Dota’s Past, Present, and Precarious Future

Dota 2 was at one point the shining example of what an esport could be.

It boasted the largest prize pools in the world, the most nail biting finales, the most epic highlights, and saw new competitors rising to challenge the established greats on a regular basis. Today the scene features limited new talent, a seasonal league which the competitors hardly care to participate in, and a single tournament that carries more weight than all others throughout the year combined.

Growing the game

Dota 2’s growth was explosive after its beta ended in July of 2013. While Valve had already run two million-dollar “Internationals” to kickstart the burgeoning esports scene, the game moving from invite only to free to play was the big step that allowed the masses to jump on board this roaring hype train. In the years following, esports would become a household term as a bit of a virtual revolution took place. Dota 2 was leading the pack, and nothing illustrated it more clearly than the boom in prize pools over the subsequent years. In 2013 the Dota 2 pro scene awarded its top contenders a total just north of $4,000,000, then awarded over $15,000,000 in 2014, followed by $28,000,000 in 2015. Every month that went by, a new event was announced, a new sponsor was on board, and a new player topped the charts of

This was partially due to the laissez-faire attitude of its publisher Valve, who appeared to want very little to do with moderating the world of Dota esports aside from its singular annual tribute to the game, The International. While publishers like Riot and Blizzard clamoured for control of their esports ecosystems, attempting to bring them in-house and franchising out slots in their tournaments, Valve gave carte blanche to third parties to run wild with the game. There were no fees to license the game, no revenue shares with the publisher, and no rules or restrictions to adhere to. If you were an organizer that wanted to run a Dota event, you were absolutely free to. This spurred an ecosystem of eager partners, chomping at the bit to promote Valve’s game in order to grab a piece of the pie. ESL, PGL, Dreamhack, MLG, Beyond The Summit, Starladder and more became keystone organizers in the scene, delivering hundreds of thousands of viewer hours to sponsors, and just as many dollars to players.

Did The International get too big?

There was only one problem though. As this growth continued, Valve continued to grow its contribution to the scene, The International. Each year, Valve crowdfunded the prize pool, leveraging the now-popularized “Battlepass” system we see in games, and splitting the revenue between themselves, and TI.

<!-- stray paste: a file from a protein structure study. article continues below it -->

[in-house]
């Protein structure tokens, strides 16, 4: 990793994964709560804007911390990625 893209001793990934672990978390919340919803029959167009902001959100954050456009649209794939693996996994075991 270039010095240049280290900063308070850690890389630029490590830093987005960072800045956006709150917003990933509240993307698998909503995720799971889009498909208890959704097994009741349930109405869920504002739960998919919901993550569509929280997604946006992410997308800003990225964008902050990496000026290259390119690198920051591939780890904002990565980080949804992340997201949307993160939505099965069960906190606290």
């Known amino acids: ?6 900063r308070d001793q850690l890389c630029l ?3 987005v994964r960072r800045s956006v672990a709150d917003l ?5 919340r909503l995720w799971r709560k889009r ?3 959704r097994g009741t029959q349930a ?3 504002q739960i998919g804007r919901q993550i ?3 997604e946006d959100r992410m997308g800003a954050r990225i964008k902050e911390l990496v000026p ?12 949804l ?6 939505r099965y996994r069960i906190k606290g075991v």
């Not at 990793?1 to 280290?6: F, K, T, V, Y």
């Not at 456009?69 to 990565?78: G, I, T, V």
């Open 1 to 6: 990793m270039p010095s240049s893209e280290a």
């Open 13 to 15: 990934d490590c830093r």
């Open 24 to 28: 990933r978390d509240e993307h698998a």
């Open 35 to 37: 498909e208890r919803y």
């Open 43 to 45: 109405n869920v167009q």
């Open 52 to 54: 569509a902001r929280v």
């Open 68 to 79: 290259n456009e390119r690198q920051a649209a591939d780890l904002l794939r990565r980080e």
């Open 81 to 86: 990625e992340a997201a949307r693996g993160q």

As the prize pool ballooned to unheard of proportions, so too did the importance of the event itself to the teams competing each year. This unfortunately led to a myriad of predictable outcomes. Over time, it became every team’s singular goal to win The International. While in years previous it was a prestigious achievement and a hefty chunk of cash, from 2017 and beyond, pursuing the aegis of champions with reckless abandon was the only financially sensible thing to do. At an all-time low, The International accounted for 62% of prize money in the Dota 2 scene in 2016. The Winners of The International that year, Wings Gaming, took home just over $9,000,000, 23% of the total money available in that year. 

In a year-long season with 19 notable tier 1 events with LANs, a single two-week event held over half of the season’s cash, and awarded nearly a quarter of it to a single team. This was the best case scenario as well. Looking a few years forward to 2019, there was $40,000,000 up for grabs in that year, with $34,000,000 (84%) of it being locked up in TI. The winners that year, OG, would take home over $15,000,000, more than double the amount that was available to all other teams in all other events throughout the season.

With all eyes on a single event, the scene’s priorities began to change. Sponsors and organizations started worrying less about appearances at mid-season events, and simply focused on finding their way onto the TI mainstage. Rather than investing in a team throughout a season, many esports orgs simply found strong contenders and bid on their sponsorship rights as TI approached, opting only to contract the team for a month or two before releasing them again. 

Teams began focusing only on how to optimize their potential for TI, which led to many ugly roster shake ups with players being left teamless mere minutes before roster locks, and teams reforming nearly constantly throughout the year. Event organizers were left at the mercy of Valve, trying to find ways to remain relevant as more of the year became seen as “TI preparation” and their somewhat static prize pools based in sponsorship dollars paled in comparison to Valve’s ever-growing crowd funding.